In Fair Labor and Standards Act (FLSA) lawsuits, recovering damages for claims is typically only one part of the discussion when negotiating settlements. Employers engaged in FLSA lawsuits and settlement negotiations with employees and their representative counsel, can quickly become aware that lawsuit costs and plaintiff’s attorney fees are a factor in the overall bargaining process. On February 4, 2020, the Second Circuit, in Fisher v. SD Protection Inc., 2020 WL 550470 (2d Cir. 2020) held that attorneys’ fee awards in FLSA claim settlements are not limited by the principle of “proportionality” in that such fees are not limited or subject to a 1/3 cap based on the amount of the overall settlement.
In the Second Circuit, settlements in FLSA lawsuits were typically subject to strict court scrutiny court review to ensure that the agreed upon terms, including the amount of attorneys’ fees, were fair and reasonable. Thus, many of the district courts within the Second Circuit applied the rule of “proportionality” and refused to approve fee amounts greater than an amount 1/3 of the total settlement.
In Fisher, however, the Second Circuit held that such a rule is at odds with the purpose of the FLSA and has the potential to discourage competent lawyers from taking on cases for low-wage workers due to such limitations on collecting attorneys’ fees. The issue in Fisher arose from a wage dispute brought by an hourly employee, which is a normal cause of action under FLSA lawsuits. The employee sued under the FLSA based on the employer’s alleged failure to pay overtime and provide mandatory accurate wage statements.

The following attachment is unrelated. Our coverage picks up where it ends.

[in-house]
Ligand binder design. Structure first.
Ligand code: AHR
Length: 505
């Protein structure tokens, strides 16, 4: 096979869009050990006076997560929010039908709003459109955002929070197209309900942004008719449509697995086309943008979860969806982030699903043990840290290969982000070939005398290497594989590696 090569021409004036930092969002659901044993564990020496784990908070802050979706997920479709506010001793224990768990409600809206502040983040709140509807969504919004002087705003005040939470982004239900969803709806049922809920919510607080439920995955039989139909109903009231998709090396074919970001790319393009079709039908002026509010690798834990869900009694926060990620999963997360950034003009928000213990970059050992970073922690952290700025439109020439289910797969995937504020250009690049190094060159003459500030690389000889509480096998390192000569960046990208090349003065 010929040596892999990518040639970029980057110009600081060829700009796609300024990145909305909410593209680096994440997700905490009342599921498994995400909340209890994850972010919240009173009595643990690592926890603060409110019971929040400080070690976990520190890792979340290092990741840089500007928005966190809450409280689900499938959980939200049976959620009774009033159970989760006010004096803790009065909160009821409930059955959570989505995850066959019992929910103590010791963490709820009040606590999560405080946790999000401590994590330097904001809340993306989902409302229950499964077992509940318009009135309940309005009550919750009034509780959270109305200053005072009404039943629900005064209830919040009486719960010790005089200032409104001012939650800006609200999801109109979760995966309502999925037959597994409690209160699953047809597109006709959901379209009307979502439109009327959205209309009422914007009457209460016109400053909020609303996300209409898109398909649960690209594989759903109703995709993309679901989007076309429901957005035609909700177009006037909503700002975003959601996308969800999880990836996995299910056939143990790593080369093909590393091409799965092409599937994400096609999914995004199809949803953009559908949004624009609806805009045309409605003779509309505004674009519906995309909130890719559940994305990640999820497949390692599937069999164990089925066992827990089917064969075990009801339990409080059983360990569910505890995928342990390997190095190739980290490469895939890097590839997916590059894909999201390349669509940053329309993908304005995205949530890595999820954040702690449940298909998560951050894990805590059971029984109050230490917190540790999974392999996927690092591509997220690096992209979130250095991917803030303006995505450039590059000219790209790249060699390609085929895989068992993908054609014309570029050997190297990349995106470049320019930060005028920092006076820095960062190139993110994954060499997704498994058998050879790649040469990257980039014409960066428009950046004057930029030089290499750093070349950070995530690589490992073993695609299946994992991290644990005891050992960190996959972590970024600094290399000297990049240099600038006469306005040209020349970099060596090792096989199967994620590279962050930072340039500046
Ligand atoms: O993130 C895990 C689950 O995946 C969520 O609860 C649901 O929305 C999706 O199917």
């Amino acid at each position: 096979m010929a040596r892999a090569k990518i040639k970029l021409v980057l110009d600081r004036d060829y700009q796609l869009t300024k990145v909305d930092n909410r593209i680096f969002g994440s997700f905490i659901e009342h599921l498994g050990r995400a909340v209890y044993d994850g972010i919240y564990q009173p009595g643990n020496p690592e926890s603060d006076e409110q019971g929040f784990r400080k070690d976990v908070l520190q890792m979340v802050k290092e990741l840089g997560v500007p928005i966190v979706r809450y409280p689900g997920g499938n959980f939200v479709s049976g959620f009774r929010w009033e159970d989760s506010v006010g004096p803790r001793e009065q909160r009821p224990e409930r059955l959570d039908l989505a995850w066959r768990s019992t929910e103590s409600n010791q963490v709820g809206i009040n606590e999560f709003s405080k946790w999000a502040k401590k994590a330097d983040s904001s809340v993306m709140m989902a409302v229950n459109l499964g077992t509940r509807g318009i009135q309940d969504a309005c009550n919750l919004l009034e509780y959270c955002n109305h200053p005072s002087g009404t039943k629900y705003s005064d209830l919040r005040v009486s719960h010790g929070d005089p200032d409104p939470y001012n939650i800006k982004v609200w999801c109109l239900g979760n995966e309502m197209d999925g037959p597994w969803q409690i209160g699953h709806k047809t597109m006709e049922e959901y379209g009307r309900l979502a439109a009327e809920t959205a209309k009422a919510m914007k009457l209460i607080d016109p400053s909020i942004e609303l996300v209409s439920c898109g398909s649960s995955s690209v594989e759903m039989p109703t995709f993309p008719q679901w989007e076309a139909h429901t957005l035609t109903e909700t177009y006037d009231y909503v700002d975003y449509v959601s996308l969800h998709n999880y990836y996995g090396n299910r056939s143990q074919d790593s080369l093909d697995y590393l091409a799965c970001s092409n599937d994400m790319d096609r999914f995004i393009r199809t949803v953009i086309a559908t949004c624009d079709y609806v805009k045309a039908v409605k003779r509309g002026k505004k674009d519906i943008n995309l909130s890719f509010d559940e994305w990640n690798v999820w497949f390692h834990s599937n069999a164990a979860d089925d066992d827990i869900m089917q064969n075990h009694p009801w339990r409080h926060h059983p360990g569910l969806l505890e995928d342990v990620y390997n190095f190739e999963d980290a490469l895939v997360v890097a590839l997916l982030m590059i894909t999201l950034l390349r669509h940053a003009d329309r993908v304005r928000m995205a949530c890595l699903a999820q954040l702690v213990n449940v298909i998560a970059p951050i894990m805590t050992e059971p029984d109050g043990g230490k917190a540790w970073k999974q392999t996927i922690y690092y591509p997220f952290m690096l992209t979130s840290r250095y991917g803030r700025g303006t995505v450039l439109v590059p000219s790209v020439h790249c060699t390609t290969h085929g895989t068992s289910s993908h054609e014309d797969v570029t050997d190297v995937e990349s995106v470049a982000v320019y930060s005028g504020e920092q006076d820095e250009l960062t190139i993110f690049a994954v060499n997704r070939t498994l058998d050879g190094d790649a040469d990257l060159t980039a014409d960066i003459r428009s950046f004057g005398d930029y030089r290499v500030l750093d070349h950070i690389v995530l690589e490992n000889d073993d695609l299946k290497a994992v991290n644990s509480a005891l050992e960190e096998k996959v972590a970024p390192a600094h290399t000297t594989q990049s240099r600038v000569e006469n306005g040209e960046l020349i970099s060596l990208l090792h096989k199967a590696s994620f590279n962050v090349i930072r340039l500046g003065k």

The parties reached a settlement before a class was certified, with the total settlement amount at $25,000, including fees and costs. In submitting approval for the settlement from the district court, the parties disclosed that the plaintiff would be paid only $2,000 of that amount, with the remaining $23,000 going to the employee’s attorney. The district court judge disagreed with the terms and reduced the attorneys’ fee to only $8,250, or 1/3 of the total settlement amount as a matter of general policy.
The plaintiff appealed the district judge’s actions to the Second Circuit, and in a detailed decision, the Court reversed and remanded, disapproving of the district court’s requirement of “proportionality” between the amount of the settlement and the size of the fee award. The Second Circuit held that such a rule is not mandated by either the text or the purpose of the FLSA statute. While acknowledging that the proposed split of $23,000 to the plaintiff’s attorney and $2,000 to the plaintiff “understandably gave the district court pause,” the Court rejected an “explicit percentage cap” on fee awards. The Second Circuit justified this decision as in most FLSA wage dispute cases, the plaintiffs are generally hourly workers, and favorable settlement outcomes result in limited recovery. Limiting attorney fees can dissuade competent attorneys from taking on FLSA cases when fee recovery would be proportional to only 1/3 of total recovery. The Second Circuit also criticized the district court judge for rewriting the settlement agreement instead of just simply rejecting the agreement and having the parties revise it. The Second Circuit concluded that in rewriting the agreement, the district court judge exceeded his authority.
The ruling in Fisher is good news for employers in the negotiation process of FLSA lawsuits. In practice it should allow for more free negotiating of settlements, without limitations imposed on fee awards. This ruling will hopefully foster settlements and drive down costs for all parties involved.
VW Contributor: Ryan J. Coufal
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